What's worse for us: sugar or fat? To answer the hottest question in nutrition, twin doctors Chris and Xand Van Tulleken go on month-long high-fat and high-sugar diets. The effects on their bodies are shocking and surprising. But they also discover that in the debate about fat and sugar, the real enemy might have been hiding in plain sight.
A&E doctor Javid Abdelmoneim is on a mission to find out the truth about alcohol. In January, the government released its new alcohol guidelines. For men, the recommended weekly limit was cut by a third to 14 units per week, equivalent to about seven pints of beer, bringing it in line with the amount recommended for women. So what is behind the change? This is just one question of many that Javid aims to answer as he explores the science of drinking and the new evidence for the health risks of alcohol. Why do some people get drunk quicker than others? What is behind red wine's healthy reputation? Is a nightcap actually good for your sleep? Does lining your stomach work? And can alcohol actually make you eat more?
2016 • Health
In recent years, researchers have started to understand why people love the foods they do, and that there may be a way to make snacks taste sweeter without adding any extra sugar – and it's all down to a trick that happens in the brain. This film meets a scientist who has grown a tomato that is sweeter and juicier than anything likely to be found on a supermarket shelf, and follows those hoping to become elite, professional tasters.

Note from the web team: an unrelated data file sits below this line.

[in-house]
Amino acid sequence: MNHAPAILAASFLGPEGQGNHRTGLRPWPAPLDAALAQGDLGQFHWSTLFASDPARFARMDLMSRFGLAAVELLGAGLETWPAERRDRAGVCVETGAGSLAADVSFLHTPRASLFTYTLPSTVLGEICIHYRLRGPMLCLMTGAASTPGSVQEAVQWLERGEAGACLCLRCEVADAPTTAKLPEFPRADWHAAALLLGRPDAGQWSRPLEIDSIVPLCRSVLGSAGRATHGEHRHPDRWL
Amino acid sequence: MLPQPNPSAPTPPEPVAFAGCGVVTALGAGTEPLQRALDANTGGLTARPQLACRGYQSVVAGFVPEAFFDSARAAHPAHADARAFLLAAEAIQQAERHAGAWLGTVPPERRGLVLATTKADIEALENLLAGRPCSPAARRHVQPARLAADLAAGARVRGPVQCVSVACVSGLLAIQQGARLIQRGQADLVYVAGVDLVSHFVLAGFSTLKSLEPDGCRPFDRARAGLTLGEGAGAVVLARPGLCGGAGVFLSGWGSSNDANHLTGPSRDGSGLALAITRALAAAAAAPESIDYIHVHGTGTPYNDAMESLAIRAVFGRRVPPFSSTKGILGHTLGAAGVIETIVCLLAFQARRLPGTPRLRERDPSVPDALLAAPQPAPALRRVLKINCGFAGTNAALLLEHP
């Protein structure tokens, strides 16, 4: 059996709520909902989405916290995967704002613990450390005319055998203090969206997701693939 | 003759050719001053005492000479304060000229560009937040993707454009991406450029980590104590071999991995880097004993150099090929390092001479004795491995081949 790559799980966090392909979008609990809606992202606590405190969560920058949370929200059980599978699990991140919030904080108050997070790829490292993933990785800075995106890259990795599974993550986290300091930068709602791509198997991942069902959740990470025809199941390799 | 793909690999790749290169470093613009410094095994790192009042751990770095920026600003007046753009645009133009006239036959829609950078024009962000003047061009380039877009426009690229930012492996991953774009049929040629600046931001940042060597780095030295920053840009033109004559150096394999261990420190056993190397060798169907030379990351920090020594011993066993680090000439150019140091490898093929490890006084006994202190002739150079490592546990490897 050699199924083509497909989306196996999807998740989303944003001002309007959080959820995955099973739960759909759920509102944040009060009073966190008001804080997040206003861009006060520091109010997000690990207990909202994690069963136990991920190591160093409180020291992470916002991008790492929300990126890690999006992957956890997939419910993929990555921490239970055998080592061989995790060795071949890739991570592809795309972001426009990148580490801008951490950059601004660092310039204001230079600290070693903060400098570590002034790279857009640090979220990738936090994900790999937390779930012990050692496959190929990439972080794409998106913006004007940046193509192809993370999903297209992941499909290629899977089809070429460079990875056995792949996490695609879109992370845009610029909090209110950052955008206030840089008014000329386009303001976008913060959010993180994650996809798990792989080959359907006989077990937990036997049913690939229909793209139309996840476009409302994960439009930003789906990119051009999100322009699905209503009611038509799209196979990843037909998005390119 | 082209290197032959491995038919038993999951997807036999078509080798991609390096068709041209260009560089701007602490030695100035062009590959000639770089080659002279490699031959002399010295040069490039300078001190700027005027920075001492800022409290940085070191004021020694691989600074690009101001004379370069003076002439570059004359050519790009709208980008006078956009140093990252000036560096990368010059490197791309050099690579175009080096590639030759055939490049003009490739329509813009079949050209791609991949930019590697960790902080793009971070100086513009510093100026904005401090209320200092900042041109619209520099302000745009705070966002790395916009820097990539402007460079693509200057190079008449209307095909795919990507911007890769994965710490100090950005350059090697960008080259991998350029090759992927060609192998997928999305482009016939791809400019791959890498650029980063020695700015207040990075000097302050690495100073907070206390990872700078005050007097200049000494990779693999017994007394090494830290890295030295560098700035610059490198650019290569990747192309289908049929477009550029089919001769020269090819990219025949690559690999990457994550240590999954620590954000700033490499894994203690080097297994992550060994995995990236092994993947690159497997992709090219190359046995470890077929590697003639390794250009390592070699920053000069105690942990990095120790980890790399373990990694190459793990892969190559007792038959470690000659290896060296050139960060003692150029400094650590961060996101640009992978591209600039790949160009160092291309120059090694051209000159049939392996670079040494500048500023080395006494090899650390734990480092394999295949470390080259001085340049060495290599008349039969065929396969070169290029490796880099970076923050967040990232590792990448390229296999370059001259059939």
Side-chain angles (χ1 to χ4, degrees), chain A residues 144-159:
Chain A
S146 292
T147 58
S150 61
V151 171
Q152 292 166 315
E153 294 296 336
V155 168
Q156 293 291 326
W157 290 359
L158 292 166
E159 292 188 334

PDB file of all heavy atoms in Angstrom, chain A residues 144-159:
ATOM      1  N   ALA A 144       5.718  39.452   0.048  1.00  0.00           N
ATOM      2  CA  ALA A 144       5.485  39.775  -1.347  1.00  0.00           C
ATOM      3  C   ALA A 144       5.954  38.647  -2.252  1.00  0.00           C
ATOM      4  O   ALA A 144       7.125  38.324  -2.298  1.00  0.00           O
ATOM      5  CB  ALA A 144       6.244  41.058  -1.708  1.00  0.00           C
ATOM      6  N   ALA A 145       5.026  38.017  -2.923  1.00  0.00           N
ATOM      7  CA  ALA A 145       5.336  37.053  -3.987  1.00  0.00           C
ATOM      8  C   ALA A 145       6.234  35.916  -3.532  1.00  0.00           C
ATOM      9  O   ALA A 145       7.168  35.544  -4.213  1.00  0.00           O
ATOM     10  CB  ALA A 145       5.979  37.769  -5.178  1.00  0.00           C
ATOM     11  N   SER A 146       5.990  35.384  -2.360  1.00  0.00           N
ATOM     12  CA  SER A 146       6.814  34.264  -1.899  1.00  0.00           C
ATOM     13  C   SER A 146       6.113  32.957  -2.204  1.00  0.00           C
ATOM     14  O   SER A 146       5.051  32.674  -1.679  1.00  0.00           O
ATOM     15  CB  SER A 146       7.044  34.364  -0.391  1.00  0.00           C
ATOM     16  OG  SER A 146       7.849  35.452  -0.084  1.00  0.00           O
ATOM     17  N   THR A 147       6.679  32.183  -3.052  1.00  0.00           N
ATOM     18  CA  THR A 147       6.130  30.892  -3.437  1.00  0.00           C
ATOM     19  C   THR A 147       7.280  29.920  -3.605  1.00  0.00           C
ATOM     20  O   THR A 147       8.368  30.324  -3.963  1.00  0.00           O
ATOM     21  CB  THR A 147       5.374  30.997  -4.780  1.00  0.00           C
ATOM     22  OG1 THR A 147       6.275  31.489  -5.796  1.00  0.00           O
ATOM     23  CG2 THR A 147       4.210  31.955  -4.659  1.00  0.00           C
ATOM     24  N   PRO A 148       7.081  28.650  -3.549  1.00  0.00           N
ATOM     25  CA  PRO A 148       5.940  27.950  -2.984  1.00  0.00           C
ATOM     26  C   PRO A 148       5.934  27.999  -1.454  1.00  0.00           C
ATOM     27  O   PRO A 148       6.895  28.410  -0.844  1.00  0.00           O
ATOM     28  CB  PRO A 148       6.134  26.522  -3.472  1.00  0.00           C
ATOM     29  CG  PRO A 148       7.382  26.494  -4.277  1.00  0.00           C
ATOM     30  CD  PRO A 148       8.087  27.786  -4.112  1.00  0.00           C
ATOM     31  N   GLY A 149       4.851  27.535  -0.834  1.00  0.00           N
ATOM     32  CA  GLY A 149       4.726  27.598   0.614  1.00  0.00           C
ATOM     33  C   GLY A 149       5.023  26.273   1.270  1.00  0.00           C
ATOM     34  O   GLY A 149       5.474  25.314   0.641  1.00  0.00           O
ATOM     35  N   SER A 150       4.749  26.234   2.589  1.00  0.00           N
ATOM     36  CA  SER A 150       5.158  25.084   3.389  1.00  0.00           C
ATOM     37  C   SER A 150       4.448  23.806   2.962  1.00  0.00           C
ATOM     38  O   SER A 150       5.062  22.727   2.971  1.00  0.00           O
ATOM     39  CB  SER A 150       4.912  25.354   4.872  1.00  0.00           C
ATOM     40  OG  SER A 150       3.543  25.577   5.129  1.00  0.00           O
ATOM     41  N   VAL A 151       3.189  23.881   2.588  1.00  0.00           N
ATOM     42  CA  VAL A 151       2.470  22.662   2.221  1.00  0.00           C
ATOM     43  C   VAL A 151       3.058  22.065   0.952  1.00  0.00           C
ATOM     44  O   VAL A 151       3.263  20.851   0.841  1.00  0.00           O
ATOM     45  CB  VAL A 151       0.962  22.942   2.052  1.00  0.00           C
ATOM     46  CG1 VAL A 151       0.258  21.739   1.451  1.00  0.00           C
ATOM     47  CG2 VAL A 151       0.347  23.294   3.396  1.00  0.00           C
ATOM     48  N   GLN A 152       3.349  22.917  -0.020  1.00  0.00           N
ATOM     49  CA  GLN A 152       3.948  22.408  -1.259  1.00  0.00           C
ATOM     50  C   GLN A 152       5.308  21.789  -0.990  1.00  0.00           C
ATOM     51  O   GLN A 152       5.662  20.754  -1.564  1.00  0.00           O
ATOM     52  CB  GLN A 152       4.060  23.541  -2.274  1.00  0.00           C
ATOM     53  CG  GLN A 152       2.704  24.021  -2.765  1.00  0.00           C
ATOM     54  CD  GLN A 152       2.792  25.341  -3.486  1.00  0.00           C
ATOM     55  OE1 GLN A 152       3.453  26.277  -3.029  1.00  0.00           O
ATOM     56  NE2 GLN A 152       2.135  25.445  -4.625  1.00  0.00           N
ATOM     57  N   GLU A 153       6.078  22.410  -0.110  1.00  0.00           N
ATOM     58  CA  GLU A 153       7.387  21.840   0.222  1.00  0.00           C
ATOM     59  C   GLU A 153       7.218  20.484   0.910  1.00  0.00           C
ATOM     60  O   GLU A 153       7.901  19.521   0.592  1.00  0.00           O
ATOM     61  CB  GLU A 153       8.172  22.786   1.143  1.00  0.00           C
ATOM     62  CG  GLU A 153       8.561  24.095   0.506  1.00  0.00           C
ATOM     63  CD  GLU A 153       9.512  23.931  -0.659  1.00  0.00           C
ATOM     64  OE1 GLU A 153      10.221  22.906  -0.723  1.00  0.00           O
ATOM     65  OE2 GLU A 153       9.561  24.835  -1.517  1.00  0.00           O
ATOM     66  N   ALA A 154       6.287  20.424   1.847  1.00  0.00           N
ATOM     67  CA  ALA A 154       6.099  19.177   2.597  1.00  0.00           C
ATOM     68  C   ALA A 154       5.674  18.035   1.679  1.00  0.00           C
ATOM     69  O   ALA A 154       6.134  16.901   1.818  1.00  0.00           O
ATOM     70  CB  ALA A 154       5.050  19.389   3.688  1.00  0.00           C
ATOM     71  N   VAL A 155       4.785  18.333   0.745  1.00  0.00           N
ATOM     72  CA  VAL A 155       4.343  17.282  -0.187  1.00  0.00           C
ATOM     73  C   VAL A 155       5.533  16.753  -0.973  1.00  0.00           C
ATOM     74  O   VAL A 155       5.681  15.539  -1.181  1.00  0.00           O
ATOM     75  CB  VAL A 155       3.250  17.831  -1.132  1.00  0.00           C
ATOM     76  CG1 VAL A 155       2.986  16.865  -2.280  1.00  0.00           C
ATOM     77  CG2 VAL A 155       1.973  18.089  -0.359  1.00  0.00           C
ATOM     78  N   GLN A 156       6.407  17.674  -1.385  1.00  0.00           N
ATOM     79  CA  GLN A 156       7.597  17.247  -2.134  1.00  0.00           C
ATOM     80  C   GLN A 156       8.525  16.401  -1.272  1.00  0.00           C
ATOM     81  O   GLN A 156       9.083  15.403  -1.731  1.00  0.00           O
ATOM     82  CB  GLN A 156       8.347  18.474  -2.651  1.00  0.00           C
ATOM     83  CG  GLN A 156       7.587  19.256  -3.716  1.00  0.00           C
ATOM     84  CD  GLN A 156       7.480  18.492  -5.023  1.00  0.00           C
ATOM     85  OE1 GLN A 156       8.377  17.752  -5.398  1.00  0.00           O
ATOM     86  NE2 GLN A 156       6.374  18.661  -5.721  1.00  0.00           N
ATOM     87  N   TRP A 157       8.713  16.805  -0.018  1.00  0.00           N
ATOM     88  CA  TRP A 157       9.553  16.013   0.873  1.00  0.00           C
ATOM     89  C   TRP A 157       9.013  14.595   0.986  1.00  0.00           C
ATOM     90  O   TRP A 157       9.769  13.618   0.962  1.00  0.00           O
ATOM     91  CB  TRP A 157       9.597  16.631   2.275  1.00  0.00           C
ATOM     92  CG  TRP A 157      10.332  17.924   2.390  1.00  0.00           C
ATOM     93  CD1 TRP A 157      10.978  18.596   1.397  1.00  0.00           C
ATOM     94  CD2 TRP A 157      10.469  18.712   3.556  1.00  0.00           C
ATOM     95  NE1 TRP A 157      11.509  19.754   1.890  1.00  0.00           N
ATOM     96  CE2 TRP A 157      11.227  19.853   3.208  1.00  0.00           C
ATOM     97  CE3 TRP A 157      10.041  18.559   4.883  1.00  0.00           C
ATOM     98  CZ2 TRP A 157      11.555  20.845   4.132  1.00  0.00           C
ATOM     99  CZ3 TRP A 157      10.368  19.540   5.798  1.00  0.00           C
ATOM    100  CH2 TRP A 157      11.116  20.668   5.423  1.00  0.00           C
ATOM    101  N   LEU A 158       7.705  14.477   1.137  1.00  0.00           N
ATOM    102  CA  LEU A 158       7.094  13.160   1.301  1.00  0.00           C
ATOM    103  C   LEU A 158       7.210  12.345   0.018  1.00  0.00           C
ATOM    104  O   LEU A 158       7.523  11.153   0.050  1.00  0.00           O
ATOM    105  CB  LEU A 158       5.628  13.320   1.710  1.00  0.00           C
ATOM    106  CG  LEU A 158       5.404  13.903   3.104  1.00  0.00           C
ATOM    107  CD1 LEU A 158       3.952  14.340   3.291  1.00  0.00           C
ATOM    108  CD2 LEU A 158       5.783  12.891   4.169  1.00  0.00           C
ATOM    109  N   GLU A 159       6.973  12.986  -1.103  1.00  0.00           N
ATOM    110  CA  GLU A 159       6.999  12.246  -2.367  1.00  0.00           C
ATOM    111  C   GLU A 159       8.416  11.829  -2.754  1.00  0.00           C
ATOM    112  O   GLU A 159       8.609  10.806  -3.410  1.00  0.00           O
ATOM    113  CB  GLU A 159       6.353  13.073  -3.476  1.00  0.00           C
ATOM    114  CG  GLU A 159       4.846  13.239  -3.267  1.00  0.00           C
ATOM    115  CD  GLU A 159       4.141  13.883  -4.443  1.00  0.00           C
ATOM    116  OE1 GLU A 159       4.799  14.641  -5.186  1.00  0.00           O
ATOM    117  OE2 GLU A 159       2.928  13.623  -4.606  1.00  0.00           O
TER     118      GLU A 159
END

For hundreds of years, psychiatry has treated voices and hallucinations as an enemy - regarding them as 'insanity' or 'madness' and seeing them as something to be quashed and even frightened of. But today, new scientific and psychological insights into how the brain works are leading to a radical rethink on what such experiences are - and how they should be treated. Horizon follows three people living with voices, hallucinations and paranoia, to explore what causes this kind of phenomena. Providing a rare first-hand insight into these experiences, they reveal just what it is like to live with them day to day. They examine the impact of social, biological and environmental influences on conditions traditionally associated with insanity, such as schizophrenia and psychosis, and within the film they look at how new ways of understanding the brain are leading to a dramatic change in treatments and approaches, and examine whether targeting the root causes of psychosis can lead to recovery. Above all, they try to uncover why it happened to them - and whether it could happen to you.